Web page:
How to understand medical decisions

Probability

Probability provides a formal representation of degrees of belief.  This is done by relating beliefs to proportions.  For example, in order for us all to agree what we mean by ‘probability’, we all have to agree to experience a probability of 1.0 (or certainty) that someone has diabetes if we know that the person is one of the people in a room and that 10 out of 10 people in that room had diabetes mellitus.  A probability of 0 that someone has diabetes is what we would agree to experience if we knew that the person was in a room where 0/10 were known to have diabetes.  A probability of 0.5 that somone has diabetes is what would agree to experience if all we knew was that 5/10 people in a room were known to have diabetes.  This relationship is used as a basis for making calculations with probabilities (for example see 'Bayes theorem').  This is also known as ‘mathematical probability’ when each member of a set is allocated a probability of x/y when there are y members in a set and x turn out to have the predicted attribute e.g. being diabetic.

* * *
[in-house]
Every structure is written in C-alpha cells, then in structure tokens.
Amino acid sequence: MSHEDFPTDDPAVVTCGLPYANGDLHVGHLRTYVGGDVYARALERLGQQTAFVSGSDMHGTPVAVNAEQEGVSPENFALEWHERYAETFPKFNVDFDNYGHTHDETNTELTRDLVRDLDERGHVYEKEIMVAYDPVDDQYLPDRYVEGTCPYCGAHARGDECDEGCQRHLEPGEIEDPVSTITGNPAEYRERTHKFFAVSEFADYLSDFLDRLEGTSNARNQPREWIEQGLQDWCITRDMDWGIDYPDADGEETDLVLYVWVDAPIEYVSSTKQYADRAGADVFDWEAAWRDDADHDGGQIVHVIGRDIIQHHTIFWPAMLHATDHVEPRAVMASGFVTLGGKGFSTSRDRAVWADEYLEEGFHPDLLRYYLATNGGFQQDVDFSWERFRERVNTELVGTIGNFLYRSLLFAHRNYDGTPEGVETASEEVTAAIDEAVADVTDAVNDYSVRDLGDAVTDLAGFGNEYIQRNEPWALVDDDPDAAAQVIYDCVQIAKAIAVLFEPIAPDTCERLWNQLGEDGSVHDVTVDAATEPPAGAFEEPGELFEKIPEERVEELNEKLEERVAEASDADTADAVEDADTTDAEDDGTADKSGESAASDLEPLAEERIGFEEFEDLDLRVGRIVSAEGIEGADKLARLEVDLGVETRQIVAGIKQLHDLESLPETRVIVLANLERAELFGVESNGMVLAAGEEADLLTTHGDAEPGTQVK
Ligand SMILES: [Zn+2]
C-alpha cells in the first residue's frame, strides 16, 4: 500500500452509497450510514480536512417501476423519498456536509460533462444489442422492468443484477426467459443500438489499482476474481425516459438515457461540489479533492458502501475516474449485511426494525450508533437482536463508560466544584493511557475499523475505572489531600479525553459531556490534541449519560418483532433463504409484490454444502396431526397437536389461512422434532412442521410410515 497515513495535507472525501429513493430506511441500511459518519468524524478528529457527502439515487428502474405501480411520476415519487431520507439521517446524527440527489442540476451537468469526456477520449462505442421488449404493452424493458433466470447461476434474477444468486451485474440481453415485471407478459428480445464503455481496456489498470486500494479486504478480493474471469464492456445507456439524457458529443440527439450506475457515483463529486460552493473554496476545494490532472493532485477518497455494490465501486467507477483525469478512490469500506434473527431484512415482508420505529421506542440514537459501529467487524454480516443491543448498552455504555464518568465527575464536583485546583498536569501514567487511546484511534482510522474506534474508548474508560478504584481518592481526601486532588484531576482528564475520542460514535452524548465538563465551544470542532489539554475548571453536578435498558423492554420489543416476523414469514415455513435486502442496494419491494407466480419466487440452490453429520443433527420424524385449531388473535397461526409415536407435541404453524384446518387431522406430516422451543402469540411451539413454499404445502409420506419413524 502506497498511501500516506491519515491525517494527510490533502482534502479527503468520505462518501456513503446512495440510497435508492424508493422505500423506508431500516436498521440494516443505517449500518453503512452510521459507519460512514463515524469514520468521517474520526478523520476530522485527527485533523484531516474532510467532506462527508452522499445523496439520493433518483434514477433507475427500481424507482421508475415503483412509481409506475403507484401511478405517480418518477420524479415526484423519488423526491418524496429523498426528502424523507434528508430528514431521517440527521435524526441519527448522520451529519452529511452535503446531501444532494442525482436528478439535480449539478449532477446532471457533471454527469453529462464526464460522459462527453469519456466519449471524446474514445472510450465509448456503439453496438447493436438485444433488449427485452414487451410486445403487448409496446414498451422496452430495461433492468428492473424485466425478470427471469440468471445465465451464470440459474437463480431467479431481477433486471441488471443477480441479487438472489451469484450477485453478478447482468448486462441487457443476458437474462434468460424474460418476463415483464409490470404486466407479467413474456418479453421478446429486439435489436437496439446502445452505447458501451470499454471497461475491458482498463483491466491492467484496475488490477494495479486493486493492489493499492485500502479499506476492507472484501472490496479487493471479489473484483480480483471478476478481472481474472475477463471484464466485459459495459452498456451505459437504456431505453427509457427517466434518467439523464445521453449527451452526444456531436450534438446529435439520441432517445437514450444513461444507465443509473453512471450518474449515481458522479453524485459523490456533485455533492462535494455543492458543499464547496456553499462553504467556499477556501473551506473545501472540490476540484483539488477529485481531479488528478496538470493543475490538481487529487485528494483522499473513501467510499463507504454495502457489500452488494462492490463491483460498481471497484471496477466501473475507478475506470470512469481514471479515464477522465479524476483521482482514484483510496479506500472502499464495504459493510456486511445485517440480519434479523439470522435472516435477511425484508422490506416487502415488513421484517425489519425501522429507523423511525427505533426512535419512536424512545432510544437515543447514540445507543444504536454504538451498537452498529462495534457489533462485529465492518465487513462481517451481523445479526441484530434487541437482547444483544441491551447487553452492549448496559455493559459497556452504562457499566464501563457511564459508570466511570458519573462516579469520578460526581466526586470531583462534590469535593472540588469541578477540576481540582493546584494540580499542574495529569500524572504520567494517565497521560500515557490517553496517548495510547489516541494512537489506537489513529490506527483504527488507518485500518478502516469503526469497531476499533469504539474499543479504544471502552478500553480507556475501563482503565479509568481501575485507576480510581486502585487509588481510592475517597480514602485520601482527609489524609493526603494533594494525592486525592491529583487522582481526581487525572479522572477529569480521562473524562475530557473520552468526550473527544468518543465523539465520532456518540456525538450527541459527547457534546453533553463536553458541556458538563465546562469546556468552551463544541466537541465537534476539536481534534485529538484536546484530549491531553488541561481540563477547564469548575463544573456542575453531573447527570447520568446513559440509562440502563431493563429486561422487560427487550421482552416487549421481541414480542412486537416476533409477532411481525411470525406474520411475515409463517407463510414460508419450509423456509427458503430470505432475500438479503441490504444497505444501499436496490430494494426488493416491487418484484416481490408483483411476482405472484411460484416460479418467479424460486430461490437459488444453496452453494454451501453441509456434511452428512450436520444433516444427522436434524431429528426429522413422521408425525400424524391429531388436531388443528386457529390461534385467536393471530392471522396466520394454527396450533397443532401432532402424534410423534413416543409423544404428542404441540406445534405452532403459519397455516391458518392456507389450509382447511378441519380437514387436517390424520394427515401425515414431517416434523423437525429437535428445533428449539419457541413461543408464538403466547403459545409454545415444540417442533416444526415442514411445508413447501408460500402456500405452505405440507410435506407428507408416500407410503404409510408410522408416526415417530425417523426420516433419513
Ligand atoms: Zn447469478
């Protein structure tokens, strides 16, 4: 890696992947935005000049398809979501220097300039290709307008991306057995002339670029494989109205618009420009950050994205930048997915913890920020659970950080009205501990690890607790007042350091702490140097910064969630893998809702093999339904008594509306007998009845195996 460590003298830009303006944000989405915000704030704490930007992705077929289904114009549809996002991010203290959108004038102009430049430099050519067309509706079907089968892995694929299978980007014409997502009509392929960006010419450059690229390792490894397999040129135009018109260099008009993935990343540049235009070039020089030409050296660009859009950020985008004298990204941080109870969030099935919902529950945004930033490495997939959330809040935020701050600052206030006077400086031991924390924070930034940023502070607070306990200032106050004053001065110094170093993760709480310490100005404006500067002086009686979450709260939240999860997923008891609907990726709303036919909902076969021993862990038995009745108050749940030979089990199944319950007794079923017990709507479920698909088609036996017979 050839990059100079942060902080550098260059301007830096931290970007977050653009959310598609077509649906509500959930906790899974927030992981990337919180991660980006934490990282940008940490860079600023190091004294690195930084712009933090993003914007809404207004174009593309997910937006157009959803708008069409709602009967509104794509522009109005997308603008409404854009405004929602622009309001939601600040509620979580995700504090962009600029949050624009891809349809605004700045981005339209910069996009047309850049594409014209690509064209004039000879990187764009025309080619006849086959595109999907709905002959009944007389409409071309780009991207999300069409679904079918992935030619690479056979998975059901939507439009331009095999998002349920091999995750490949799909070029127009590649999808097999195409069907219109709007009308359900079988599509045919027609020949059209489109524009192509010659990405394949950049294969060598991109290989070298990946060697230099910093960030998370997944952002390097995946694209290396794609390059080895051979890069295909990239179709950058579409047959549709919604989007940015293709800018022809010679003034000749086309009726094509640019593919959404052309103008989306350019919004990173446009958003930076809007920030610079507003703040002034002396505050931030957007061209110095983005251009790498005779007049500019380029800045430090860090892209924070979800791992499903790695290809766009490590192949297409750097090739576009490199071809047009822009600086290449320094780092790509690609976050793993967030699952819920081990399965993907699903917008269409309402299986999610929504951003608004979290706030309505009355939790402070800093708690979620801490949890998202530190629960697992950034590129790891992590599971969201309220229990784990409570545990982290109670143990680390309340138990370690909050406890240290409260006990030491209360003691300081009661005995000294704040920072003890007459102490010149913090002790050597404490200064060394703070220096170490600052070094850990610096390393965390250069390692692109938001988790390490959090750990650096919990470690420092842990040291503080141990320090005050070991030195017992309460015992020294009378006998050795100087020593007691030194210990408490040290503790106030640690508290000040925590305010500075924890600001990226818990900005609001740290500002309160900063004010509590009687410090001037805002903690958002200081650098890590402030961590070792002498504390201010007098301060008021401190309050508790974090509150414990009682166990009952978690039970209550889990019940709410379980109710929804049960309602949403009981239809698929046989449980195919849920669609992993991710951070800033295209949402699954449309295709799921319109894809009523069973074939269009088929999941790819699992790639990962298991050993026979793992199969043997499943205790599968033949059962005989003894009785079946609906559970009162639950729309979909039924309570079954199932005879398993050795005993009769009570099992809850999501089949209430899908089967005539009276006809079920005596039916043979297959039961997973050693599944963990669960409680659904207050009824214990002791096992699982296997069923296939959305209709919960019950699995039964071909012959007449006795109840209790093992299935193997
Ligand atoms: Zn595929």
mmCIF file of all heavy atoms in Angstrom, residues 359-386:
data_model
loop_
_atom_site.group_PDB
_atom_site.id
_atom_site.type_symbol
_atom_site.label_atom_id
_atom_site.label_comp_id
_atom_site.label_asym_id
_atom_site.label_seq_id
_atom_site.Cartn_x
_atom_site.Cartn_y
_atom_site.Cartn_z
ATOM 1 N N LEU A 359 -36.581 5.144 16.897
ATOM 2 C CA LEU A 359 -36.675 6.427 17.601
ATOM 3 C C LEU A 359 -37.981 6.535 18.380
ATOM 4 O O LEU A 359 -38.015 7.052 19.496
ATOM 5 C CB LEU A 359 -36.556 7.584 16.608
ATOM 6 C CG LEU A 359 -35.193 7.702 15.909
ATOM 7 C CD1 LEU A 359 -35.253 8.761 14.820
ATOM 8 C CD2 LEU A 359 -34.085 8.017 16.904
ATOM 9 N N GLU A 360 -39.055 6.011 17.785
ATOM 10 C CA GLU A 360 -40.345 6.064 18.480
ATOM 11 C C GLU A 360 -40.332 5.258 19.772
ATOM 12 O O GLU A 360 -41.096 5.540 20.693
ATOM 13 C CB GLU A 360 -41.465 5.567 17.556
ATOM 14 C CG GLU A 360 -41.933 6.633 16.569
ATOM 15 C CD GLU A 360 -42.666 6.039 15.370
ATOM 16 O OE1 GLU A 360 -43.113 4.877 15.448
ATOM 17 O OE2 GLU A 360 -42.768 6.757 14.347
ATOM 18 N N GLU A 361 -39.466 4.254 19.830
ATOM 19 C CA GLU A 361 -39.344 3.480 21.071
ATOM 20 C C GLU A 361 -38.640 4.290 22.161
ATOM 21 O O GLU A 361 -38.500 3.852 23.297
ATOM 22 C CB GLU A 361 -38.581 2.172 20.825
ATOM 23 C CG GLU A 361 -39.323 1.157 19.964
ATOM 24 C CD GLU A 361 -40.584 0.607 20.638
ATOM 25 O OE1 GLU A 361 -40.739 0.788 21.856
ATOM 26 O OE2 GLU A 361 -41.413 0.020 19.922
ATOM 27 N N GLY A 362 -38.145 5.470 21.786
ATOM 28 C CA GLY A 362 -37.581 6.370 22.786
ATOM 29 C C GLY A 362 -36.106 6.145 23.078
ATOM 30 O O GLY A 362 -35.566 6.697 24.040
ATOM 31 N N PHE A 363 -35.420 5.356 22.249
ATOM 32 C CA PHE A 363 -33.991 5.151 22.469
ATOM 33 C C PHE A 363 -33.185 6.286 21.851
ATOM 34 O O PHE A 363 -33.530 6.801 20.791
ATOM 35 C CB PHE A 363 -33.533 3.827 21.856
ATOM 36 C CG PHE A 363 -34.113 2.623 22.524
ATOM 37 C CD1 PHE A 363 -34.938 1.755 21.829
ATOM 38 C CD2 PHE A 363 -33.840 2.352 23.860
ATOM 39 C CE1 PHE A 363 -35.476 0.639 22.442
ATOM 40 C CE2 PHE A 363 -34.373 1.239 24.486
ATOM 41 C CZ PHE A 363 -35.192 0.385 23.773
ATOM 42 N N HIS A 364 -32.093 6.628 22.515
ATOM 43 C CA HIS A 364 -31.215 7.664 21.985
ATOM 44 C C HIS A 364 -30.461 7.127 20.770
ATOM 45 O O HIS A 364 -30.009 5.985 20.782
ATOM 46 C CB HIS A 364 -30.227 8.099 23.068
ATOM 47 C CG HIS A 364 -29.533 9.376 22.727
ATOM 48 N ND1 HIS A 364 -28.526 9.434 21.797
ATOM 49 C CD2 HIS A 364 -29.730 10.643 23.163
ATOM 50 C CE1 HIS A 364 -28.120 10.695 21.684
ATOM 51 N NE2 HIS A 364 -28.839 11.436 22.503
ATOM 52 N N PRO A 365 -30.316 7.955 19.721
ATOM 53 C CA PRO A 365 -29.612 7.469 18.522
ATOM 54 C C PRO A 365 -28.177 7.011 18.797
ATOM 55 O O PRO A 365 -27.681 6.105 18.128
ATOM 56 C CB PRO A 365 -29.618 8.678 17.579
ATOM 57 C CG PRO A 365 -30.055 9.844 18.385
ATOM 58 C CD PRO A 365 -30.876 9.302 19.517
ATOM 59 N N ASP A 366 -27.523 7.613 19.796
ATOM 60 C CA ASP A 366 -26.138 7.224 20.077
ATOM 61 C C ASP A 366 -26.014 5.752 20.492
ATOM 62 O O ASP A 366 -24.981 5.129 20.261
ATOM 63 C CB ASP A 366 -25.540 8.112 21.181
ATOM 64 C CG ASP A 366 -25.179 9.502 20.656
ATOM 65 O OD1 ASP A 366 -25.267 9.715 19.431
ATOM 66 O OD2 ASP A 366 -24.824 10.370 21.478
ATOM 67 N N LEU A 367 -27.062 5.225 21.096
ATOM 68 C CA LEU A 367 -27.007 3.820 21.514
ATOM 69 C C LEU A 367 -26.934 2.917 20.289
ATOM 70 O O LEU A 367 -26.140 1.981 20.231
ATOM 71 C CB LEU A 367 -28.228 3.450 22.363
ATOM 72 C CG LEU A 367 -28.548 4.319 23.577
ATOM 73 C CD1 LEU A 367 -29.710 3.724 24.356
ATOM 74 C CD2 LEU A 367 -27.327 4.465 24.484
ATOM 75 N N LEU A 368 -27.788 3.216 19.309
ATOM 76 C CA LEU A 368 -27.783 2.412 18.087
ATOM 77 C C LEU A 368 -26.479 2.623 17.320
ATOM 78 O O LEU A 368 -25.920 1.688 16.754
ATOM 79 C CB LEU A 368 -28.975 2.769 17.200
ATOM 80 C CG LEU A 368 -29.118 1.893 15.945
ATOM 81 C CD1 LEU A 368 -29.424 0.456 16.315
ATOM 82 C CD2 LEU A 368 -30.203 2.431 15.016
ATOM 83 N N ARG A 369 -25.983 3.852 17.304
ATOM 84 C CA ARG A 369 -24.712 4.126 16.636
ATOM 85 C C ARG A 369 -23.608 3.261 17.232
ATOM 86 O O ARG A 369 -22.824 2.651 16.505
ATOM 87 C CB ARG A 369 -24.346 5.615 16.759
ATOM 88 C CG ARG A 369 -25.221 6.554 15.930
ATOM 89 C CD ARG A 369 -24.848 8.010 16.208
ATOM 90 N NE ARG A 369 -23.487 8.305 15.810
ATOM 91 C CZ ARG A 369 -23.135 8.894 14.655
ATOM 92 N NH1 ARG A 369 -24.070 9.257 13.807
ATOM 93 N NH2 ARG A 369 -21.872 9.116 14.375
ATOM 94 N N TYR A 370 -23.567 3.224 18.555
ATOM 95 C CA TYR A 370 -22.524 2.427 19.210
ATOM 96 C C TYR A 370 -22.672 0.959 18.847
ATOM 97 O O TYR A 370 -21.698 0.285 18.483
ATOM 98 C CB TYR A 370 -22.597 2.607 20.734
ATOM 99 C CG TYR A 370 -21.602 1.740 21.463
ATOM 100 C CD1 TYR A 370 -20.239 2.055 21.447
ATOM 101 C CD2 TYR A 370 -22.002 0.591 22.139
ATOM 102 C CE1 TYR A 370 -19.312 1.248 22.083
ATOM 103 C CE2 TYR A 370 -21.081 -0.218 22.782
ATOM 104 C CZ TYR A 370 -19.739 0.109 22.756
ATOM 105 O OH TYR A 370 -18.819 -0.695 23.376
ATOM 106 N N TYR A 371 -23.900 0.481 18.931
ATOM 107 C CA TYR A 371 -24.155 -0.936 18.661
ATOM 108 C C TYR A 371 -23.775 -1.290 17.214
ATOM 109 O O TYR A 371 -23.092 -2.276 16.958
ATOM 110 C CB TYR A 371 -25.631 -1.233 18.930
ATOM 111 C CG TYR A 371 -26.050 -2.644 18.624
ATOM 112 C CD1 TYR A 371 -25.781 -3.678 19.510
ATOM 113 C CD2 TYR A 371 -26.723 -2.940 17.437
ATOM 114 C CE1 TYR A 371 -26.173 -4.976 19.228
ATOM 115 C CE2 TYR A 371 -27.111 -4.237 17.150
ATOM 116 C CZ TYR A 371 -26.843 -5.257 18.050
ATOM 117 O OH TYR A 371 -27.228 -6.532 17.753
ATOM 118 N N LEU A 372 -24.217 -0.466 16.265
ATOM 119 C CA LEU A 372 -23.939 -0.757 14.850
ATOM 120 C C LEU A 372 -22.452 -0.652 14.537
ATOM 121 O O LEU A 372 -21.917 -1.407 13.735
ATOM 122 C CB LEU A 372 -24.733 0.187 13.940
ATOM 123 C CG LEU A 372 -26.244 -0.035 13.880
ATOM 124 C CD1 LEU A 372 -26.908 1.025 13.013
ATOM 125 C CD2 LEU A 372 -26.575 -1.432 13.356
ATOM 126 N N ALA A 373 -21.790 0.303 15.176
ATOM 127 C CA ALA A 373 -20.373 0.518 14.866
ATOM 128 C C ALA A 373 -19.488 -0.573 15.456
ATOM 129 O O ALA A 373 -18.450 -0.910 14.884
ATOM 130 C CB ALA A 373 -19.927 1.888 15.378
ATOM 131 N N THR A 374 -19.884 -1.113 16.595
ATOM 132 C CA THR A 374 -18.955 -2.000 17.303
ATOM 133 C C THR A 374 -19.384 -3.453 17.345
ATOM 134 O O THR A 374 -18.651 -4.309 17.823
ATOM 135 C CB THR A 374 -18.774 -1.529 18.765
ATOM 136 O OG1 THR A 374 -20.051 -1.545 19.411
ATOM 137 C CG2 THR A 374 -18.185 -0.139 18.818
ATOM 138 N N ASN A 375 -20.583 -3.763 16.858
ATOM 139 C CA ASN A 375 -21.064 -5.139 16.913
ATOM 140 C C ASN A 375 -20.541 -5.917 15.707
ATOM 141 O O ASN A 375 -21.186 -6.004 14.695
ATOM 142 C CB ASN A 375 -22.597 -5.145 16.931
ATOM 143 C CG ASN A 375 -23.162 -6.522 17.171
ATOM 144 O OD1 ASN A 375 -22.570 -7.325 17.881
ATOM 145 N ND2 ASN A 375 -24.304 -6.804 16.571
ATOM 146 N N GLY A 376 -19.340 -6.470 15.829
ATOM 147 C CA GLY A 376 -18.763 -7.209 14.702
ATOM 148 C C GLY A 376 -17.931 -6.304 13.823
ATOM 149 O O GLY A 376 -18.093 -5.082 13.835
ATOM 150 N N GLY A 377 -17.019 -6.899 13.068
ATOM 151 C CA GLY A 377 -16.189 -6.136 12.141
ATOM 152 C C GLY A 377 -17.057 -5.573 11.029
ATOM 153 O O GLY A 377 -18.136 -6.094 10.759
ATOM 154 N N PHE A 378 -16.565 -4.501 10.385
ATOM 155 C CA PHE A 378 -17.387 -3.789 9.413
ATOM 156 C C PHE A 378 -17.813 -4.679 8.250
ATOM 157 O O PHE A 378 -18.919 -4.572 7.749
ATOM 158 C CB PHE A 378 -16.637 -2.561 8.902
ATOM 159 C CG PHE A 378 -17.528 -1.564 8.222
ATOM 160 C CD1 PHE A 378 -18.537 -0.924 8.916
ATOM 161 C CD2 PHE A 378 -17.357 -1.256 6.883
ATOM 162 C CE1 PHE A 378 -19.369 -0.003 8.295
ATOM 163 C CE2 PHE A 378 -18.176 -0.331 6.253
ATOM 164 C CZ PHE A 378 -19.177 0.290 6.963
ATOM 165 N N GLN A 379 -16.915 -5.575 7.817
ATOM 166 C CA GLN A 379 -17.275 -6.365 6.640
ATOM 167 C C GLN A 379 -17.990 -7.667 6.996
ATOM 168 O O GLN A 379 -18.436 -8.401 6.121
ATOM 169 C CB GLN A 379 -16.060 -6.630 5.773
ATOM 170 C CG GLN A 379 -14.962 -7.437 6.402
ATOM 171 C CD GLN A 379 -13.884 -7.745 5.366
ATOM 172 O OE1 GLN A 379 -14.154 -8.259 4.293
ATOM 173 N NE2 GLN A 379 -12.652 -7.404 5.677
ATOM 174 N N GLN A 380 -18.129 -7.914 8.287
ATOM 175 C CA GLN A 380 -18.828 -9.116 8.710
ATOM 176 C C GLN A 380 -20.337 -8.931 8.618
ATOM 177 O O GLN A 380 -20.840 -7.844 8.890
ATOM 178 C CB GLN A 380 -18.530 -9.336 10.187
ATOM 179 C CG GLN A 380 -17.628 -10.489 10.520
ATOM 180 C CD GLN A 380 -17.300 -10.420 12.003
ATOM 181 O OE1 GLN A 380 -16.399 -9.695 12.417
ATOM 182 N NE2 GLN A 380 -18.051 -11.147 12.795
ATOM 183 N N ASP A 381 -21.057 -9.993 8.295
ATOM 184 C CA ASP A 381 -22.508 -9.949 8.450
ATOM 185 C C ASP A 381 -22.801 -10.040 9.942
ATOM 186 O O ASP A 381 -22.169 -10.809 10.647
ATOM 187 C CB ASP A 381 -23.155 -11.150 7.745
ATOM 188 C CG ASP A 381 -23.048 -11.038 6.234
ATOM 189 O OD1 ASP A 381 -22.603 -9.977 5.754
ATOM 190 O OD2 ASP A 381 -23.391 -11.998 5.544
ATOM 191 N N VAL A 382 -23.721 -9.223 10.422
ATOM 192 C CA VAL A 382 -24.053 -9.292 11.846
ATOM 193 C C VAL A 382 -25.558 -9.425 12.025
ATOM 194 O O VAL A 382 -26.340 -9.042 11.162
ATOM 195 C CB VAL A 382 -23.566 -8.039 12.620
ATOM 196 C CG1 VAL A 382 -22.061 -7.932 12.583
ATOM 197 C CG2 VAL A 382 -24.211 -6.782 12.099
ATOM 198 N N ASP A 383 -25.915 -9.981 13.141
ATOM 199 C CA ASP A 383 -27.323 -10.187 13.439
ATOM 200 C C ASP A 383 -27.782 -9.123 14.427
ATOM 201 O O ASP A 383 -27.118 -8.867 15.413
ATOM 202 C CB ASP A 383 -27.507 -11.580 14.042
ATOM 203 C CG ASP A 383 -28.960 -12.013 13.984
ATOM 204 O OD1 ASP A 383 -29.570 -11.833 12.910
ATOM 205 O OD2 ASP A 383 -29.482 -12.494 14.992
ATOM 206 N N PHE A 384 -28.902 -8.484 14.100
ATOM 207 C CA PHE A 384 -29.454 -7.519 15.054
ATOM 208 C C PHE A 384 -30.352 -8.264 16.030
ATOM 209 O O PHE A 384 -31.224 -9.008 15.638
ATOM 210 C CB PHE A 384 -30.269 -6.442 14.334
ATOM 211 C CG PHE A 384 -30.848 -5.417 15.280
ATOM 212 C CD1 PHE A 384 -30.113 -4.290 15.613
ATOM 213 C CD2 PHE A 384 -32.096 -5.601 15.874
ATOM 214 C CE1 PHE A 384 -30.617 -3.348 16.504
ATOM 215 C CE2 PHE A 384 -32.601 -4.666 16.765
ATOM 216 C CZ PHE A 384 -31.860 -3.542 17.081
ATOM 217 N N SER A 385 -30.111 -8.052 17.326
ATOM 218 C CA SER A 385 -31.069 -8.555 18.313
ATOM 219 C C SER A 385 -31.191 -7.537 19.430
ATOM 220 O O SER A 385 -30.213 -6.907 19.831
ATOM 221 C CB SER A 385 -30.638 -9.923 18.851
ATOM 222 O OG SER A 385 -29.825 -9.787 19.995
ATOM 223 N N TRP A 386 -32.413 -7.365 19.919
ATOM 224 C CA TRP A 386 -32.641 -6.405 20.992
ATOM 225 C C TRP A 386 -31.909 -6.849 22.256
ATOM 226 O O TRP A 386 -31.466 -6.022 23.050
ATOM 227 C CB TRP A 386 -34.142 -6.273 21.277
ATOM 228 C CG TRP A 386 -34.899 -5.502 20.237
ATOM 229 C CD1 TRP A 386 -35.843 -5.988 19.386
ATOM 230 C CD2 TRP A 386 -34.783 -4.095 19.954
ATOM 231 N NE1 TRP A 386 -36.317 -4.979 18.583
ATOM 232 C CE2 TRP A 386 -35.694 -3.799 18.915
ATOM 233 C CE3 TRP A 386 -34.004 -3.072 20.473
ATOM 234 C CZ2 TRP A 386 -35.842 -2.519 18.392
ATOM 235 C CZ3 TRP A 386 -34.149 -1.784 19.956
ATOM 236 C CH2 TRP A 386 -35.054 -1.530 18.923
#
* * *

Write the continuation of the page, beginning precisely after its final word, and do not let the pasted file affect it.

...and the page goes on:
Even if a probability is guessed, or that the prediction and the information on which it is based are both unique, in order to carry out calculations with probabilities, the estimated probability is regarded AS IF it was based on a theoretical proportion equal to that probability.  For example, if some calculation gave a probability of 0.786, then this would be equivalent to the degree of certainty felt if there were theoretically 786/1000 patients in a big room with diabetes.  

 

Calibrating probabilities